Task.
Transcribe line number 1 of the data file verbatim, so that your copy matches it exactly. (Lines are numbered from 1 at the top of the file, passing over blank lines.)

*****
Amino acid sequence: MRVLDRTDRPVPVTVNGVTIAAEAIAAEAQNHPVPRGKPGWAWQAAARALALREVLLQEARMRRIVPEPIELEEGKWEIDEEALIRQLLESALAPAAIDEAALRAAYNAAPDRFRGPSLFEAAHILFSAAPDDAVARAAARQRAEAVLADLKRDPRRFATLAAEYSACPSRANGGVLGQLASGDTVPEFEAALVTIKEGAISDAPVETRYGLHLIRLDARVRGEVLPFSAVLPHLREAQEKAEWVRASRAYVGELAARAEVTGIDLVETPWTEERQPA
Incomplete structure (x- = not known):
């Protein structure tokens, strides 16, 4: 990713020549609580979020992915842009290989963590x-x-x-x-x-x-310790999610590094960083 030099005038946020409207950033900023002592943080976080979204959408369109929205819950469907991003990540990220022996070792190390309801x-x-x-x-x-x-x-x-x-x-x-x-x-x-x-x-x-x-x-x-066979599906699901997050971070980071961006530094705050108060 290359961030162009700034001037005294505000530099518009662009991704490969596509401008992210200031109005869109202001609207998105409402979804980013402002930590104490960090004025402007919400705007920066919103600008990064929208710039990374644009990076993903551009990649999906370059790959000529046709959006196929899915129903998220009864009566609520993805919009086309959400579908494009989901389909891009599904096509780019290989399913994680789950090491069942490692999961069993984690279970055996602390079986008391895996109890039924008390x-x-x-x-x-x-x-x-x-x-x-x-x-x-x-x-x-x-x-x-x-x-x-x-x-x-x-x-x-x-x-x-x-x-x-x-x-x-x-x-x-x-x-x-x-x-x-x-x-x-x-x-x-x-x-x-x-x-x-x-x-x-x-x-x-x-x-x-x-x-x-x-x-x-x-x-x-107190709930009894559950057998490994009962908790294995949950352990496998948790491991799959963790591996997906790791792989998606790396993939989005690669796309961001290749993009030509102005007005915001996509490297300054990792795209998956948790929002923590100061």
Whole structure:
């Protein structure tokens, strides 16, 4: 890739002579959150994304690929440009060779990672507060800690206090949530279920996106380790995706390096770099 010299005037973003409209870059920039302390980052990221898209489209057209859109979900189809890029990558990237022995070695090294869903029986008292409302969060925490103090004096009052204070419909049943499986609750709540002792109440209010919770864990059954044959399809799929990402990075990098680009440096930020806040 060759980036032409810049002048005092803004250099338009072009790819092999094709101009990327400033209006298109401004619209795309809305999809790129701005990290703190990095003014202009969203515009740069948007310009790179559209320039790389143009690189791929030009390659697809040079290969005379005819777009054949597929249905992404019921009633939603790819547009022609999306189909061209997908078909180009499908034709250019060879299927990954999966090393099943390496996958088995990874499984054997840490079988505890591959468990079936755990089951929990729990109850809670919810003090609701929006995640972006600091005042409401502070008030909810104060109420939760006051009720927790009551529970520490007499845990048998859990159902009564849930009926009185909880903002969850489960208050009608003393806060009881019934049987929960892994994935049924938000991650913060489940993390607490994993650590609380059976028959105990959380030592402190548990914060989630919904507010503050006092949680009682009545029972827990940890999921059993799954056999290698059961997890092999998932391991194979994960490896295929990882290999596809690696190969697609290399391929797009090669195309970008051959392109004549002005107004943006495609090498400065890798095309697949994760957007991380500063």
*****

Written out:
Amino acid sequence: MRVLDRTDRPVPVTVNGVTIAAEAIAAEAQNHPVPRGKPGWAWQAAARALALREVLLQEARMRRIVPEPIELEEGKWEIDEEALIRQLLESALAPAAIDEAALRAAYNAAPDRFRGPSLFEAAHILFSAAPDDAVARAAARQRAEAVLADLKRDPRRFATLAAEYSACPSRANGGVLGQLASGDTVPEFEAALVTIKEGAISDAPVETRYGLHLIRLDARVRGEVLPFSAVLPHLREAQEKAEWVRASRAYVGELAARAEVTGIDLVETPWTEERQPA